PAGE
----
And ironically this means that any subsequent heavy downpours are more likely to cause localized flooding and chemical run-off rather than replenish moisture reserves,

    and so could actually cause more harm than good.

    The recent sprinkling of rains will certainly have helped soften the earth in some areas to make it more accommodative of any additional rains.

    But those sections that missed the latest rains will become increasingly vulnerable to "caking" unless they receive rains soon as well.


    The amount of the national crop rated in good to excellent condition declined by close to 6.5 percent over the past week,

    after having gotten off to a very strong start, as the dry and hot conditions took their toll.

    At the same time, the amount of the crop rated in poor condition doubled, from 2 percent to 4 percent.

    Many of the top-producing states saw similar declines in crop health,

    with top-state Iowa suffering a 14 percent slump in the excellent category and a 5 percent dip in the good-to- excellent band.

    The amount of Iowa corn rated to be in poor condition increased to 3 percent, from 2 percent the week prior.

    No. 2 state Illinois suffered a more serious condition slump,

    with the good-to-excellent rating dropping by 16 percent over the week,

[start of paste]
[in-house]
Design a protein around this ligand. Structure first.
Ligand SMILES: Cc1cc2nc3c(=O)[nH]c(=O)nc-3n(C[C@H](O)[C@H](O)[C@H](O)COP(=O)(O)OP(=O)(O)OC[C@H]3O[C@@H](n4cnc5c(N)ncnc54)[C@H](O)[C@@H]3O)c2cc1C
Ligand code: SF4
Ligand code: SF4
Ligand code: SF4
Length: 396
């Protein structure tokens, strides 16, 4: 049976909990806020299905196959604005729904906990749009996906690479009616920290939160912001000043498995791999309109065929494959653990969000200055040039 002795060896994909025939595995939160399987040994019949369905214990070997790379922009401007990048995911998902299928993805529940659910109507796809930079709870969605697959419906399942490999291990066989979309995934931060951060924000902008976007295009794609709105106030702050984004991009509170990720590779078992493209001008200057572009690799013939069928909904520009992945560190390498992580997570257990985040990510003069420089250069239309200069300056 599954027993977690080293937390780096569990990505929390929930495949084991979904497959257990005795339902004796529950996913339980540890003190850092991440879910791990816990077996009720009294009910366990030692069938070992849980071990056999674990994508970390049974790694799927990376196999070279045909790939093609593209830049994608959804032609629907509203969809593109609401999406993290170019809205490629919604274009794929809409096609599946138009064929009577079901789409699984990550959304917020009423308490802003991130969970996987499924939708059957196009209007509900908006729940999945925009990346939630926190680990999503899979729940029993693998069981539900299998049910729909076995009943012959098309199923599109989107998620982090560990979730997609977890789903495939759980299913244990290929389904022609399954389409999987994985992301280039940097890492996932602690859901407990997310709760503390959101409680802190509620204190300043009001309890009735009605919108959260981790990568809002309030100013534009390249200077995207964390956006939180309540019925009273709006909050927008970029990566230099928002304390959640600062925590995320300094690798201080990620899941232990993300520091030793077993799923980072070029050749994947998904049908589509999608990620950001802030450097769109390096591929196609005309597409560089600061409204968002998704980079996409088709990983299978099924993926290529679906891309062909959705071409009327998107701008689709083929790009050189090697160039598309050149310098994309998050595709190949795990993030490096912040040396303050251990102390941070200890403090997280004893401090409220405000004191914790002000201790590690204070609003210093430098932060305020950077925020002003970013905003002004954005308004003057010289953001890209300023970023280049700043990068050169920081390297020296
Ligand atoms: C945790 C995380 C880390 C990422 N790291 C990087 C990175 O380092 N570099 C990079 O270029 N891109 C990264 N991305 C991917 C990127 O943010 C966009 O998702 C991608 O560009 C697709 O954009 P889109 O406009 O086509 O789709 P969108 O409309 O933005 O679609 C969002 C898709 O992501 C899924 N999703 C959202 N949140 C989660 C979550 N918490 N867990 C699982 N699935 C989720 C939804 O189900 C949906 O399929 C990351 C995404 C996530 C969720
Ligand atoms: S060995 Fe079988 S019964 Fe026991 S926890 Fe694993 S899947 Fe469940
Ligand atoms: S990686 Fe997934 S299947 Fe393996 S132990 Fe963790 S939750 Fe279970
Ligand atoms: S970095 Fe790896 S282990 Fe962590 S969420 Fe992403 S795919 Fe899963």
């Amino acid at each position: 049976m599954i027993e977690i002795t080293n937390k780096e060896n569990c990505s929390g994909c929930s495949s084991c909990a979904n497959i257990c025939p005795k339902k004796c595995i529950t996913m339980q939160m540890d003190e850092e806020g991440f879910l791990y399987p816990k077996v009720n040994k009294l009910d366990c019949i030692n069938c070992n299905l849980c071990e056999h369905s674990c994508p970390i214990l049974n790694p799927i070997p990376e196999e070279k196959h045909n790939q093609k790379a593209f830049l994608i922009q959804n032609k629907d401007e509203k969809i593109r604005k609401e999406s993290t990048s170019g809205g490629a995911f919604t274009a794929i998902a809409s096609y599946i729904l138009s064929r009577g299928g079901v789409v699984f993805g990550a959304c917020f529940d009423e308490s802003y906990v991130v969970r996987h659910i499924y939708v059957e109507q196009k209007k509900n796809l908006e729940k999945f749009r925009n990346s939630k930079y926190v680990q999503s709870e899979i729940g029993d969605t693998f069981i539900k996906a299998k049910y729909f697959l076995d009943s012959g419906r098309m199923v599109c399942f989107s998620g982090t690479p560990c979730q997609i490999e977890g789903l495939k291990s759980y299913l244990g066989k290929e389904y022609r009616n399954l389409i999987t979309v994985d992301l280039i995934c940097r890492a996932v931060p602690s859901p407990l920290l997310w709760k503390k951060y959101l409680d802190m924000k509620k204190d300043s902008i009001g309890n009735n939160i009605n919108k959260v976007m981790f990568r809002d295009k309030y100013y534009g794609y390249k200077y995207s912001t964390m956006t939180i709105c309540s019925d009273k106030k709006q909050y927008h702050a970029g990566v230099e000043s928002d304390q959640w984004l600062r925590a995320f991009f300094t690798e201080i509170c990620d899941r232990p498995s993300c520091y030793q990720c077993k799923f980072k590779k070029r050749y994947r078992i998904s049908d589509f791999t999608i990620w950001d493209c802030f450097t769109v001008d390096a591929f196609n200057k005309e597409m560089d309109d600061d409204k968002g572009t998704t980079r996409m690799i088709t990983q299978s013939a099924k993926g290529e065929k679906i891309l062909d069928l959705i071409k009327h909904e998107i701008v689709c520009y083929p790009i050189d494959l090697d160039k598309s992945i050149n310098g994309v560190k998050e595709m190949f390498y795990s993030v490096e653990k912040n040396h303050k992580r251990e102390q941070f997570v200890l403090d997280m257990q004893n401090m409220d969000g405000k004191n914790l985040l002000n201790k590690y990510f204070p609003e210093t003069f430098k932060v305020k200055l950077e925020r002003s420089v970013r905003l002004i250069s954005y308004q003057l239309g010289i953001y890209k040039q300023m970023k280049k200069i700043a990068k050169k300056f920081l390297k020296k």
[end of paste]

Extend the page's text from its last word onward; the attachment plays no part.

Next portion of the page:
and the proportion of the crop rated as poor to very poor doubling to 6 percent.

    Graphic of U.S. corn crop ratings:


    Somewhat offsetting the declines seen in Illinois and Iowa were continued strong ratings in Nebraska and Minnesota - the third and fourth largest corn growing states


    However, it is arguable that crop development in Illinois is at least a week ahead of that seen in the Western Corn Belt,

    and so could prove to be a precursor of what may be seen out west in upcoming ratings reports.

    In any event, the overall trend in the health of the corn crop appears to be flagging somewhat lately amid the shortage of regular rains,

    and upcoming rating reports should remain a closelytracked gauge of crop potential over the coming weeks.


    Although the corn crop's most critical growth phase (pollination) is still some weeks away,

    the early start to planting in 2012 has brought forward overall plant development by several weeks.

    Close to 100 percent of the corn planted in the top five growing states in the country has emerged,

    which is well ahead of the 5-year average for this week of the year.

    This rapid development pace - accentuated by the warm temperatures which further hasten crop growth - will mean